Glucose sensors

Women with GDM will use Freestyle Libre 1 glucose sensors (Abbott) for flash glucose measurement for 14 days. Sensors will be applied on the back of the arm, with a sterile fibre being inserted under the skin into the interstitial fluid. Patients use a dedicated application LibreLink and will have to scan the glucose sensor at least every 8 hours to transfer data. Data will be linked in a coded form to the online platform Libreview ( During pregnancy, results will be discussed with their healthcare provider during the visits. For the post partum visit, patients will receive feedback by phone.

Questionnaires related to eating behaviour and mental health

Women with and without GDM will fill out the same questionnaires during both visits (visits 1 and 2). Most women will fill out the questionnaires in French and a few in English, as around 80% of patients that participate in our studies are French-speaking. The following questionnaires will be filled out online before the study visits:

The French IES-2:57 Validated self-report questionnaire that assesses individuals’ tendency to follow their physical, hunger and satiety cues in determining when, what and how much to eat. The original version (English) consists of four subscales, Eating for Physical rather than Emotional Reasons (EPR, eight items), Reliance on Hunger and Satiety Cues (RHSC, six items), Unconditional Permission to Eat (UPE, six items) and the Body-Food Choice Congruence (three items) subscales. The validated French version, however, consists of 18 items divided into three subscales, the EPR (eight items), RHSC (six items) and the UPE (four items) subscales,58 and has also demonstrated good psychometric properties. In this study, we will assess intuitive eating with only the EPR and the RHSC subscales (14 items) of the French-adapted version of IES-2 and the English version. Scores of IES-2 range between 1 and 5. A higher score of the EPR subscale reflects eating as an answer to hunger and a lower score means eating to cope with emotional distress, whereas a higher score on the RHSC subscale signifies trust in internal cues, and a lower score reflects less ability to regulate food intake.

The Three-Factor Eating Questionnaire-Revised 18 (TFEQ-R18): Eighteen-item self-report questionnaire that measures three aspects of eating behaviours including cognitive restraint (six items), uncontrolled eating (nine items) and emotional eating (three items). Items are scored on a Likert scale ranging from 1 ‘almost always’ to 4 ‘never’. A short, revised version of the Stunkard and Messick TFEQ was developed by Karlsson et al.59 It has been also tested in the general population in France.60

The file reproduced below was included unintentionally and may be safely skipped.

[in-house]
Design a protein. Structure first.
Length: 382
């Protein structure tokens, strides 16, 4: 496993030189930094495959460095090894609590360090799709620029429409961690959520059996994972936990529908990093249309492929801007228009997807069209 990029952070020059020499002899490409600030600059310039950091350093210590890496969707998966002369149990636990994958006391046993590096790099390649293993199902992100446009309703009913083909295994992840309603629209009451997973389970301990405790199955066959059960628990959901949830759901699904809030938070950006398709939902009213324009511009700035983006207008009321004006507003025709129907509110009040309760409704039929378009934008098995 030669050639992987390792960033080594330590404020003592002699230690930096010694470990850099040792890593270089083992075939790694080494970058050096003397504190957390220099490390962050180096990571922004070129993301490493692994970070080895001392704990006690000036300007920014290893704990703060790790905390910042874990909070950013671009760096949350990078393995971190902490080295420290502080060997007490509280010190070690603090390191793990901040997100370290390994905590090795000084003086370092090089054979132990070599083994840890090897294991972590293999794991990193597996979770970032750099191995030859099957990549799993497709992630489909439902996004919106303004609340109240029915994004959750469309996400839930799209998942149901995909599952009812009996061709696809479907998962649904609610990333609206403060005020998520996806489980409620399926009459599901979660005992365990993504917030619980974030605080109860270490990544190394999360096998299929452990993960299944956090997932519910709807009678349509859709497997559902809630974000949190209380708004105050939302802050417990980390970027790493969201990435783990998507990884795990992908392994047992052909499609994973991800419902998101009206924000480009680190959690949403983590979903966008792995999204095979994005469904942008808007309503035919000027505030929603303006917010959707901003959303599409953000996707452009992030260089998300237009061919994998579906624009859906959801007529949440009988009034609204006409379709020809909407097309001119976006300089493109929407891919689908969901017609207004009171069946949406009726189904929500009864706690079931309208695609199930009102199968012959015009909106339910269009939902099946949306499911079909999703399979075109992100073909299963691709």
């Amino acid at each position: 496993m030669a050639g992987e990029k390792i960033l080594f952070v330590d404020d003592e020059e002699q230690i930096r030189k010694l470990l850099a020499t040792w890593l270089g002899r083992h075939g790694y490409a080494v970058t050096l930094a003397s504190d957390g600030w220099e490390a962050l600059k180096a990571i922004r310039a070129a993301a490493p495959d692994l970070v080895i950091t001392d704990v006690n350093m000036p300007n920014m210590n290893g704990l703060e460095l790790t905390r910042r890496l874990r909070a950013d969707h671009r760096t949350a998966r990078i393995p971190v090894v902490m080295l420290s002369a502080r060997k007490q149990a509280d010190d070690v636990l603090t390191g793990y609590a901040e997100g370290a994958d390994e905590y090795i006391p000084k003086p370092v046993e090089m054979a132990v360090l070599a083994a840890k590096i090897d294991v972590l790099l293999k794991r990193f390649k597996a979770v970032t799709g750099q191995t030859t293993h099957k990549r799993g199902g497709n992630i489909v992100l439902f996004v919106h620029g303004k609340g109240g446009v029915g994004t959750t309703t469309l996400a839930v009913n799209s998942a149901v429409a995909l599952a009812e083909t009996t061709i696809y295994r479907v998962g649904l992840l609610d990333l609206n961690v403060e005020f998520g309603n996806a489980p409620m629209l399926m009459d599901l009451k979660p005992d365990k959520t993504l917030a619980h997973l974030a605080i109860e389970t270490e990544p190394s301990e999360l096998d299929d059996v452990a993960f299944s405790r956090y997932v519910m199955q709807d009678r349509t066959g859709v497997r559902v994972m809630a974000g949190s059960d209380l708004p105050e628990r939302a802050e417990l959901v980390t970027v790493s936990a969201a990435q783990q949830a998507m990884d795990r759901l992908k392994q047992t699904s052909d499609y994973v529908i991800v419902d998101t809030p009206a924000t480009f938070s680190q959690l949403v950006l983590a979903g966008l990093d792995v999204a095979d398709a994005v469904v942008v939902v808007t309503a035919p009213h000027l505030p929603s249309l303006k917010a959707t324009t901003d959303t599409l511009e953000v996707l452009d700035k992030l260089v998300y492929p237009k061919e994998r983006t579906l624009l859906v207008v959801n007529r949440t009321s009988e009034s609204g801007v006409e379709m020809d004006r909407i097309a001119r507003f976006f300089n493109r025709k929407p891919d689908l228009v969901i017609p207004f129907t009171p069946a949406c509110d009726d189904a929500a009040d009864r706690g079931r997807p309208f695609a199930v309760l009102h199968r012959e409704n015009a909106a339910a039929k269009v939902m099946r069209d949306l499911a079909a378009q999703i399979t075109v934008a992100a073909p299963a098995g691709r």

Food Craving Questionnaire-Trait-reduced:61 Fifteen-item self-report questionnaire for the assessment of the frequency and intensity of food craving. It consists of five subscales: lack of control over eating (five items), thoughts or preoccupation with food (five items), intentions and plans to consume food (two items), emotions before or during food craving (two items) and cues that may trigger food craving (one item). Items are scored on a Likert scale from 1 ‘never/not applicable’ to 6 ‘always’. Higher scores reflect food-cue elicited craving. The French version was validated and has shown good psychometric proprieties.62

Edinburgh Postnatal Depression Scale (EPDS):63 Ten-item self-report questionnaire to examine postnatal depression symptoms over the previous week, which are scored on a 4-point Likert scale. Scores range from 0 to 30. Higher scores indicate a higher risk of postnatal depression. The French version of the EPDS demonstrated good psychometric properties.64

Edinburgh Handedness Inventory short form:65 This short (four items) and simple questionnaire measures the preference to use one hand more than the other. The French version has been previously used in research.66

During the study visits, participants will complete the following questionnaires:

The Positive and Negative Affective Schedule questionnaire (PANAS):67 Self-report questionnaire that assesses mood or emotion during the last month. It consists of 20 items, 10 items measuring positive affect (eg, enthusiastic, proud) and 10 items measuring negative affect (eg, scared, ashamed), which are scored on a Likert scale from 1 ‘not at all’ to 5 ‘extremely’. Individual scores on the PANAS range from 10 to 50, with higher scores representing higher levels of positive affect. The validated French version has shown good psychometrics.68

The Perceived Stress Scale (PSS-10): Ten-item questionnaire widely used to assess stress levels during the last month. Responses are rated on a Likert scale from 0 ‘never’ to 5 ‘very often’. The results range from 0 to 40, with higher scores indicating higher perceived stress. The French version of PSS-10 has shown good psychometric properties.69

The Food Craving Questionnaire-State:70 Fifteen-item questionnaire measures the intensity of momentary food cravings. Items are scored on a 5-point scale ranging from ‘strongly disagree’ to ‘strongly agree’. Higher scores indicate more intense current food cravings. The French version was translated and used in previous research by the research team of our collaborator Ulrike Toepel.66

The current hunger level scale: This is one item developed for this study assessing the current perceived hunger level using a Likert scale ranging from 1 ‘just a little/not at all’ to 5 ‘very much’.